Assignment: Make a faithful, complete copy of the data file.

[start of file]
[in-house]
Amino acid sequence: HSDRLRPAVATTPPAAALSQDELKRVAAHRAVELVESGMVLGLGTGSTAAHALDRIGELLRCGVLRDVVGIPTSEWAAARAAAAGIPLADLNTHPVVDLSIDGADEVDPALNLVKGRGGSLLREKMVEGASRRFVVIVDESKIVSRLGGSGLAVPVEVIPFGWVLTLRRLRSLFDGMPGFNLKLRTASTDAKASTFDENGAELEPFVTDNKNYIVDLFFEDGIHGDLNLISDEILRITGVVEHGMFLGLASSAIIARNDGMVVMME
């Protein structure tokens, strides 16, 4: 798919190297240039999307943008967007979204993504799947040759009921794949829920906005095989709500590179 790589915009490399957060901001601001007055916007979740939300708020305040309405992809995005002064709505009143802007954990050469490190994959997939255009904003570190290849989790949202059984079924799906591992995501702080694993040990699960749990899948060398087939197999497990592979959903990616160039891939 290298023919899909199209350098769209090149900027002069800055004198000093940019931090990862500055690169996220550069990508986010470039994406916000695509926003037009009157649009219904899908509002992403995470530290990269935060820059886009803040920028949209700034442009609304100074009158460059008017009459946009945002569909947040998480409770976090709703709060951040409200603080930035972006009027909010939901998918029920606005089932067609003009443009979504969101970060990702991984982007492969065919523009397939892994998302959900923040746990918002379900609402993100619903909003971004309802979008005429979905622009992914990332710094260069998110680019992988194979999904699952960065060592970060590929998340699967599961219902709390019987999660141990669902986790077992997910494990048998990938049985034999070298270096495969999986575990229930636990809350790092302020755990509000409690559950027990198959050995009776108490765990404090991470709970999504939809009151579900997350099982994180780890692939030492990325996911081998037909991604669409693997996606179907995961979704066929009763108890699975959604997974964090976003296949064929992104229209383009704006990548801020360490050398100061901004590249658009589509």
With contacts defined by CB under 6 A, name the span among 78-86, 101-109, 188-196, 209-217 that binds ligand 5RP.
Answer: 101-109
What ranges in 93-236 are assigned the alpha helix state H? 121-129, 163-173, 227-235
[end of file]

[in-house]
Amino acid sequence: HSDRLRPAVATTPPAAALSQDELKRVAAHRAVELVESGMVLGLGTGSTAAHALDRIGELLRCGVLRDVVGIPTSEWAAARAAAAGIPLADLNTHPVVDLSIDGADEVDPALNLVKGRGGSLLREKMVEGASRRFVVIVDESKIVSRLGGSGLAVPVEVIPFGWVLTLRRLRSLFDGMPGFNLKLRTASTDAKASTFDENGAELEPFVTDNKNYIVDLFFEDGIHGDLNLISDEILRITGVVEHGMFLGLASSAIIARNDGMVVMME
């Protein structure tokens, strides 16, 4: 798919190297240039999307943008967007979204993504799947040759009921794949829920906005095989709500590179 790589915009490399957060901001601001007055916007979740939300708020305040309405992809995005002064709505009143802007954990050469490190994959997939255009904003570190290849989790949202059984079924799906591992995501702080694993040990699960749990899948060398087939197999497990592979959903990616160039891939 290298023919899909199209350098769209090149900027002069800055004198000093940019931090990862500055690169996220550069990508986010470039994406916000695509926003037009009157649009219904899908509002992403995470530290990269935060820059886009803040920028949209700034442009609304100074009158460059008017009459946009945002569909947040998480409770976090709703709060951040409200603080930035972006009027909010939901998918029920606005089932067609003009443009979504969101970060990702991984982007492969065919523009397939892994998302959900923040746990918002379900609402993100619903909003971004309802979008005429979905622009992914990332710094260069998110680019992988194979999904699952960065060592970060590929998340699967599961219902709390019987999660141990669902986790077992997910494990048998990938049985034999070298270096495969999986575990229930636990809350790092302020755990509000409690559950027990198959050995009776108490765990404090991470709970999504939809009151579900997350099982994180780890692939030492990325996911081998037909991604669409693997996606179907995961979704066929009763108890699975959604997974964090976003296949064929992104229209383009704006990548801020360490050398100061901004590249658009589509």
With contacts defined by CB under 6 A, name the span among 78-86, 101-109, 188-196, 209-217 that binds ligand 5RP.
Answer: 101-109
What ranges in 93-236 are assigned the alpha helix state H? 121-129, 163-173, 227-235